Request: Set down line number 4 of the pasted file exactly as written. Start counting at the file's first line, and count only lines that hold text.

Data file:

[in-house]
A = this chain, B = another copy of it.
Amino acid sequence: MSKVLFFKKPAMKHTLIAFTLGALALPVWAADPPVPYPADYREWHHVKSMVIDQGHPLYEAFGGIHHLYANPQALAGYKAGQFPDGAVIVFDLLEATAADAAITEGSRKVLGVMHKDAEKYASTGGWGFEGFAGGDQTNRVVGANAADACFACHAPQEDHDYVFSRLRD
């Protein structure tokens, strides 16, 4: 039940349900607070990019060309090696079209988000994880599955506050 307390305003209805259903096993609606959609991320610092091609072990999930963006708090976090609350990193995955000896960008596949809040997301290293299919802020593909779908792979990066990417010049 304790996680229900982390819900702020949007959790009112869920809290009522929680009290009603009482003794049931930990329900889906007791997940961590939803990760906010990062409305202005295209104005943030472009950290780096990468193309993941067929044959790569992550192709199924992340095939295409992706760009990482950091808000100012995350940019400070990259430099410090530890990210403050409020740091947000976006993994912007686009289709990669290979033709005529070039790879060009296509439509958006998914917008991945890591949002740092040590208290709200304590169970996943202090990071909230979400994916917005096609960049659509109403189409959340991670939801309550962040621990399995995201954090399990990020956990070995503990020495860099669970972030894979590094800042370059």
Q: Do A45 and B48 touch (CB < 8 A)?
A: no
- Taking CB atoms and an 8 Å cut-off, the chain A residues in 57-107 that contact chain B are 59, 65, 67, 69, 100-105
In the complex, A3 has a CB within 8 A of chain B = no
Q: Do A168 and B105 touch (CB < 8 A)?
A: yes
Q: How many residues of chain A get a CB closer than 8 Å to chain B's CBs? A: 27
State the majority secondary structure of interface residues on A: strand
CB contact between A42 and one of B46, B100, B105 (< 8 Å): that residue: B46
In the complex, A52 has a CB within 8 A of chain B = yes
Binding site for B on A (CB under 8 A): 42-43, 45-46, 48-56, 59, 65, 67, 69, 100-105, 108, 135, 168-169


């Protein structure tokens, strides 16, 4: 039940349900607070990019060309090696079209988000994880599955506050 307390305003209805259903096993609606959609991320610092091609072990999930963006708090976090609350990193995955000896960008596949809040997301290293299919802020593909779908792979990066990417010049 304790996680229900982390819900702020949007959790009112869920809290009522929680009290009603009482003794049931930990329900889906007791997940961590939803990760906010990062409305202005295209104005943030472009950290780096990468193309993941067929044959790569992550192709199924992340095939295409992706760009990482950091808000100012995350940019400070990259430099410090530890990210403050409020740091947000976006993994912007686009289709990669290979033709005529070039790879060009296509439509958006998914917008991945890591949002740092040590208290709200304590169970996943202090990071909230979400994916917005096609960049659509109403189409959340991670939801309550962040621990399995995201954090399990990020956990070995503990020495860099669970972030894979590094800042370059």